Spreadd was at SocialNow and clearly improved it’s user interface. I like the bold way they address modern knowledge worker issues. Do users really search for stuff or would they like to get things pushed to them, do users really maintain their profile or should it be done automatically? Spreadd integrates all the services employees use and publishes the information that changes to an activity stream (taking the security controls into account). Spreadd has not officially launched but is being tested by a large organization.

Zyncro is an interesting internal social networking platform with all the features you would an internal social platform has. I didn’t see any new features compared to last year. But the language detection and translation functionality is impressive and smart. I’m going to look into Zyncro more deeply in the near future.

Yoolink was a new vendor at SocialNow. They are a French internal social network vendor. They also have a mobile version and support SSO. Interestingly they also provide a collaborative whiteboard, so employees can share drawings and make them together.

The vendor presentations are the core of SocialNow. All-in-all I think the state of internal social technology is impressive. I like the way some are really trying to innovate on the edges while others try to provide Facebook- and Twitter-like functionality inside the organization. I do wonder though how some position themselves with respect to other vendors. For instance, Yoolink and Zyncro are interesting platforms, but how do they compare from Jive and Sharepoint/Yammer? Is it price, company size, features? Zyncro for one acknowledge they currently are fit for mid-sized and smaller companies. And Yoolink says they do not (want to) compete with Jive. 

One thing that continues to surprise me in vendor presentations is how many struggle to really relate to the situation of the customer. In this case Cablinc. Many mention the situation of Cablinc in the first part of the presentation and slide to a regular presentation marketing the product and features. And furthermore, the vendors hardly tell Cablinc what value they will be getting from using the platform. I know the presentations have to be short, but still.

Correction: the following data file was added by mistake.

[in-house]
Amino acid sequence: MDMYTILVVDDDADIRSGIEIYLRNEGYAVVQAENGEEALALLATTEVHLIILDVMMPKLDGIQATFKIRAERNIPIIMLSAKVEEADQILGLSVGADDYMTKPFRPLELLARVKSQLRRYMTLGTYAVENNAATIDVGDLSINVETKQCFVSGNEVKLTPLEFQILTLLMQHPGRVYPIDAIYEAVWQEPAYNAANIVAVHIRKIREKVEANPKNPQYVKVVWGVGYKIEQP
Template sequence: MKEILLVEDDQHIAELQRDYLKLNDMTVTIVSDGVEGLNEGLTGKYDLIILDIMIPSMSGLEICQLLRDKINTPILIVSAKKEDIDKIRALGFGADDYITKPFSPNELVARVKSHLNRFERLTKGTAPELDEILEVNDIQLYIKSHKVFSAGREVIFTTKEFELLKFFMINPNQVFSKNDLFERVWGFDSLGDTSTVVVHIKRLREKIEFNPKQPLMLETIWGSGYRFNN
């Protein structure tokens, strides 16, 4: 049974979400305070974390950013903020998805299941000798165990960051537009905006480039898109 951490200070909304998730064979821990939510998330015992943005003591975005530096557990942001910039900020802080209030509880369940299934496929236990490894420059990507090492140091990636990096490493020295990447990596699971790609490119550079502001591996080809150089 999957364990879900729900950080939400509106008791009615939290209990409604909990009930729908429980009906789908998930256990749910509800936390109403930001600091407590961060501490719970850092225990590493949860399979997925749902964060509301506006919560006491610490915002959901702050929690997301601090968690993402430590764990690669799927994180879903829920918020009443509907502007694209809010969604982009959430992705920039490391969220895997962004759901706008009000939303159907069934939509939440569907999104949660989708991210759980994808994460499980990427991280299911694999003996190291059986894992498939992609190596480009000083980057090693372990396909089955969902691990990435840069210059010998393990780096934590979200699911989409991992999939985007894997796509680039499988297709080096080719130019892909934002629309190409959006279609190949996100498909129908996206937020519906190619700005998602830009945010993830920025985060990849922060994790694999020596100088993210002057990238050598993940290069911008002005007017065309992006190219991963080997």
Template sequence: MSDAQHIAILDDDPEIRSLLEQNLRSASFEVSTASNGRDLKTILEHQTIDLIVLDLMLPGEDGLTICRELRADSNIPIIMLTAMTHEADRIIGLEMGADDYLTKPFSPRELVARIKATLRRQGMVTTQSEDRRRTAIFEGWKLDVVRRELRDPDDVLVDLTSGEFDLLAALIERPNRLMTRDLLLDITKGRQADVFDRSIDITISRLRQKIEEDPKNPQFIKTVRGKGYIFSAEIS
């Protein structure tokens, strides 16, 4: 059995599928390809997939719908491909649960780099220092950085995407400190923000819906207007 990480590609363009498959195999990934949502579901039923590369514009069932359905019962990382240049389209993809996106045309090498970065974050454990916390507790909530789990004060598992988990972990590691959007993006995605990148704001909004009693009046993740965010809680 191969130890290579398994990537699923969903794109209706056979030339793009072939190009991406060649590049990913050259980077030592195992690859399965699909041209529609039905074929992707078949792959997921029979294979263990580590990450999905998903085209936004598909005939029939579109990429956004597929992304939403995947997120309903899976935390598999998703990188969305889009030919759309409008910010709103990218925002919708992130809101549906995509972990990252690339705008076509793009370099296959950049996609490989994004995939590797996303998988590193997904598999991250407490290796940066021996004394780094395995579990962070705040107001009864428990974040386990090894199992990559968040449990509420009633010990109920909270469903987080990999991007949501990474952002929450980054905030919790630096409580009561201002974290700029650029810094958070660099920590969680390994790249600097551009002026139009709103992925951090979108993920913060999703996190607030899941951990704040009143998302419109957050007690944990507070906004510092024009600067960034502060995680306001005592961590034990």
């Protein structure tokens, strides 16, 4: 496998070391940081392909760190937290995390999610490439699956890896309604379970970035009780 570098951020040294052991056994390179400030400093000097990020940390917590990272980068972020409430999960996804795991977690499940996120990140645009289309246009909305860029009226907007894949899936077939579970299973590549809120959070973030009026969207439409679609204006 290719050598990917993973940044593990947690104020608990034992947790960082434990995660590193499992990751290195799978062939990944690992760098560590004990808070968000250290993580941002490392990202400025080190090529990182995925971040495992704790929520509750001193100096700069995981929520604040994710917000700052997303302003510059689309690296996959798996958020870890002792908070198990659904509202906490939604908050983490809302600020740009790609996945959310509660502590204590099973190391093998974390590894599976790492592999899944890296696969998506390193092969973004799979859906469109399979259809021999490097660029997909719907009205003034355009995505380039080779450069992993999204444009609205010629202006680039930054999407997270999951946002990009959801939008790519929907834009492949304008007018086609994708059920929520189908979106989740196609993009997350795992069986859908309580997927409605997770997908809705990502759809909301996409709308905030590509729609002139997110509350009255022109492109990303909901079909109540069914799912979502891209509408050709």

Notes and learnings from the SocialNow conference 2013 #socialnow

The 2nd edition of the SocialNow conference was held in the beautiful city of Lisbon. As you may remember SocialNow is a unique conference. The conference is organized by Ana Neves of KnowMan. The conference is about helping organizations compare and choose internal social tools. Several Enterprise 2.0 tool vendors have to present their tool relating to the situation of a fictitious company and its issues with collaborative project work and topic-based knowledge sharing. The program is complemented with keynotes from leading experts in the field. I really enjoyed this edition of SocialNow and thought it was even better than last year. I’ll share my notes and learnings from the conference in several posts. This is post nr 1. BTW: You can find a Storify by Paul Corney of day 1 and day 2 here.

Emanuele Quintarelli kicked off the conference with a talk about the challenges of the social enterprise. As with many experts in the fields his talk was not "happy clappy". Internal social media and enterprise 2.0 has been around for some time now and the results are not all that positive. Even though several extensive reports by for instance McKinsey and Gartner show internal social can offer considerable affordances for organizations, Emanuele wonders what this really means for organizations trying to move forward with internal social. Do these studies really help them make their first or next steps?